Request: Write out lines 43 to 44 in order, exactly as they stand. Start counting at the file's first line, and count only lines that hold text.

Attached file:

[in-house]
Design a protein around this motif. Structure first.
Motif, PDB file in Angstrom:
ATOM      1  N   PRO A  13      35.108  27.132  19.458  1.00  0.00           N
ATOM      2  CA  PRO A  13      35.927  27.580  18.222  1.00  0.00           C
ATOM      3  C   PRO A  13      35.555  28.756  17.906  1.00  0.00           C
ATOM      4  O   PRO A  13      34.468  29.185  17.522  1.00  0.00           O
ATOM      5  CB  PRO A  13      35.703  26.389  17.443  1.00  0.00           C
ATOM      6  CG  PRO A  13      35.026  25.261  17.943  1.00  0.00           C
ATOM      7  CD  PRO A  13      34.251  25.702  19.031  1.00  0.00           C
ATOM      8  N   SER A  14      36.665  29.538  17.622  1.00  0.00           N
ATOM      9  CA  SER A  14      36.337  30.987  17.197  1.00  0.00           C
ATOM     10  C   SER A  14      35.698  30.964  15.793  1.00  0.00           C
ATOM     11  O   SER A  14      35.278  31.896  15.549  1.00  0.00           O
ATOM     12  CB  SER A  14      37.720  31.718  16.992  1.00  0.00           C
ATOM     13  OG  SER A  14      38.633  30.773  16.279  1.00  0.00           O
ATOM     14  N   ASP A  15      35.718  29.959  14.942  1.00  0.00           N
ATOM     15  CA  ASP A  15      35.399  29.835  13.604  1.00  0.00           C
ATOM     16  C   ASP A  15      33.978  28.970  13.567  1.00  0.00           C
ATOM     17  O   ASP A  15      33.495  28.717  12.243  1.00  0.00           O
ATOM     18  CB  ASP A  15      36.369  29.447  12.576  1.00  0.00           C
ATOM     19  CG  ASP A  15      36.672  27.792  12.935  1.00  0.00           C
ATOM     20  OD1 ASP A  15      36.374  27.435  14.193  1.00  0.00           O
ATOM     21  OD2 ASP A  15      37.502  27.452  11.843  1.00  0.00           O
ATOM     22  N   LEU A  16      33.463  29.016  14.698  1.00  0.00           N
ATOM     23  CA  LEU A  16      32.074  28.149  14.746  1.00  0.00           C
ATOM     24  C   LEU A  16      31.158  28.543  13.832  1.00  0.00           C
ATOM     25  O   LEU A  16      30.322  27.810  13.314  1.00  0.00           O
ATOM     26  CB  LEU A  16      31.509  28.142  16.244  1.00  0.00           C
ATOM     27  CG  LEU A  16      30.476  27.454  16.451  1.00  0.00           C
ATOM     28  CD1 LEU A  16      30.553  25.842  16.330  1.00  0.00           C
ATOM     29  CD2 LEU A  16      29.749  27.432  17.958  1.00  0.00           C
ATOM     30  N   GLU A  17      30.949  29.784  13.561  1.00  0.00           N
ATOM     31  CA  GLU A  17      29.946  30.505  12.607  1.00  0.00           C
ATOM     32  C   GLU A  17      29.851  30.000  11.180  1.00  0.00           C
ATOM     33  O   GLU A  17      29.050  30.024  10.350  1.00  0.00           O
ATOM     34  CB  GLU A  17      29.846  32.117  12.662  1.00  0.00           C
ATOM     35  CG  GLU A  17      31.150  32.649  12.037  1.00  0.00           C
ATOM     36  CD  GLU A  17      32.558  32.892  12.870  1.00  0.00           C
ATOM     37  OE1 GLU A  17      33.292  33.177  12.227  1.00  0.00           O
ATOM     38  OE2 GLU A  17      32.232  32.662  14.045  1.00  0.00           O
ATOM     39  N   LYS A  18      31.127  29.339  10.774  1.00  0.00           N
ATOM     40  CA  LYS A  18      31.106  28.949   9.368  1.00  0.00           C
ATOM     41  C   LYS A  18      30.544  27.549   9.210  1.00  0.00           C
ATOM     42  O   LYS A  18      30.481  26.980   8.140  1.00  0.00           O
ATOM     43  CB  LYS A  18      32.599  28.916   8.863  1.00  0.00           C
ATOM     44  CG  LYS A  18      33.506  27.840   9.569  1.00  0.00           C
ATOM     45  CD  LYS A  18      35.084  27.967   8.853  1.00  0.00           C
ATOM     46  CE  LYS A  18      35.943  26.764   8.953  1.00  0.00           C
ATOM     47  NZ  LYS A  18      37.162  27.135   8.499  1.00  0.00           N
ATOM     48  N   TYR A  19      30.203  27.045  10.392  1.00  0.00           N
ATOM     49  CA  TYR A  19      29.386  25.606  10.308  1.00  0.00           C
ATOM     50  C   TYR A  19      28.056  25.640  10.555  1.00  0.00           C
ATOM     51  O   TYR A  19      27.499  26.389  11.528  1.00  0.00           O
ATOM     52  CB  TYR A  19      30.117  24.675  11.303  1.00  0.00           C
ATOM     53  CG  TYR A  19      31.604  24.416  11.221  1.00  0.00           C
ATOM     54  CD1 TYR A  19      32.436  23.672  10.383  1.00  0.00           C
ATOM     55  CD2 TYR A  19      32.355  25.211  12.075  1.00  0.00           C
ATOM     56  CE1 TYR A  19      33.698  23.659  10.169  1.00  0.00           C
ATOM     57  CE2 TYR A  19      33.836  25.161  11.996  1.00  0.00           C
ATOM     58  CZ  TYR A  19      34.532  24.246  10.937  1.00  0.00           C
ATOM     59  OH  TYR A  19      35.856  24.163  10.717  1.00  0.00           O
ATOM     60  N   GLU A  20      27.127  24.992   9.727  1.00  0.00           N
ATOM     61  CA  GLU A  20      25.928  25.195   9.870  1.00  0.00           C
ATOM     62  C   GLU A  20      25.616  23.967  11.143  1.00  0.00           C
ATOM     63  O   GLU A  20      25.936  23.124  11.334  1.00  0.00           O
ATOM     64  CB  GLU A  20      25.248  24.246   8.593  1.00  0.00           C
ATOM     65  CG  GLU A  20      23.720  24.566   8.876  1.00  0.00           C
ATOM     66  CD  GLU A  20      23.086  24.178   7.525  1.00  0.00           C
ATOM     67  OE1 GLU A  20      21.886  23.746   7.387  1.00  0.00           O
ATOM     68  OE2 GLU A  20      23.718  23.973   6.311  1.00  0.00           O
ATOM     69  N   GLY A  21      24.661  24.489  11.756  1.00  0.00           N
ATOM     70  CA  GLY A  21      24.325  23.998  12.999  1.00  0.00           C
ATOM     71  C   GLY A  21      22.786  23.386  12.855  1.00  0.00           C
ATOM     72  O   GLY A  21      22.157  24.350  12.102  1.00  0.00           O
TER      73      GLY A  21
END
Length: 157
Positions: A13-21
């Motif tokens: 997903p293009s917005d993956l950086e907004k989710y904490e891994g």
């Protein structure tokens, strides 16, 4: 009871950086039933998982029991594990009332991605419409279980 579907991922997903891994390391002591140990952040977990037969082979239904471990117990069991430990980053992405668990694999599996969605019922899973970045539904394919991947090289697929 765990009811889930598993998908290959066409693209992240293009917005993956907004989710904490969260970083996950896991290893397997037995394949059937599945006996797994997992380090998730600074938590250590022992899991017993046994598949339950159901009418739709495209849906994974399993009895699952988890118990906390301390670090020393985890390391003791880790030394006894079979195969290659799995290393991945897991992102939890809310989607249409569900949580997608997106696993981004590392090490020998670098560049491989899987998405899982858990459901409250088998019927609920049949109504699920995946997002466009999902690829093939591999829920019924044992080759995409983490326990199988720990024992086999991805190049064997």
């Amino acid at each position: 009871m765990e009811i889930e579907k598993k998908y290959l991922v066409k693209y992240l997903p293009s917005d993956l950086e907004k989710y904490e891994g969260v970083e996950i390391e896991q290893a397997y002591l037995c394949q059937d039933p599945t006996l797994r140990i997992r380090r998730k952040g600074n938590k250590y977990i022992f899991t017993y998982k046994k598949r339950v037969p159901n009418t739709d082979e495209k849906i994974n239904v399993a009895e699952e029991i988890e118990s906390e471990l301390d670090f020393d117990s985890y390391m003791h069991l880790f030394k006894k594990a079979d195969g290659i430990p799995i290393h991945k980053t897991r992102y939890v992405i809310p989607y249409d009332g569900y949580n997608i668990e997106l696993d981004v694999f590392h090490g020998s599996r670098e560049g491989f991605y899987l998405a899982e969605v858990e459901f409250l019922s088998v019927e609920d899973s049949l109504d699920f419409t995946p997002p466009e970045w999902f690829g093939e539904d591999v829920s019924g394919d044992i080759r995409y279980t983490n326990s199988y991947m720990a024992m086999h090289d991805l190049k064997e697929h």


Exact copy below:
ATOM     40  CA  LYS A  18      31.106  28.949   9.368  1.00  0.00           C
ATOM     41  C   LYS A  18      30.544  27.549   9.210  1.00  0.00           C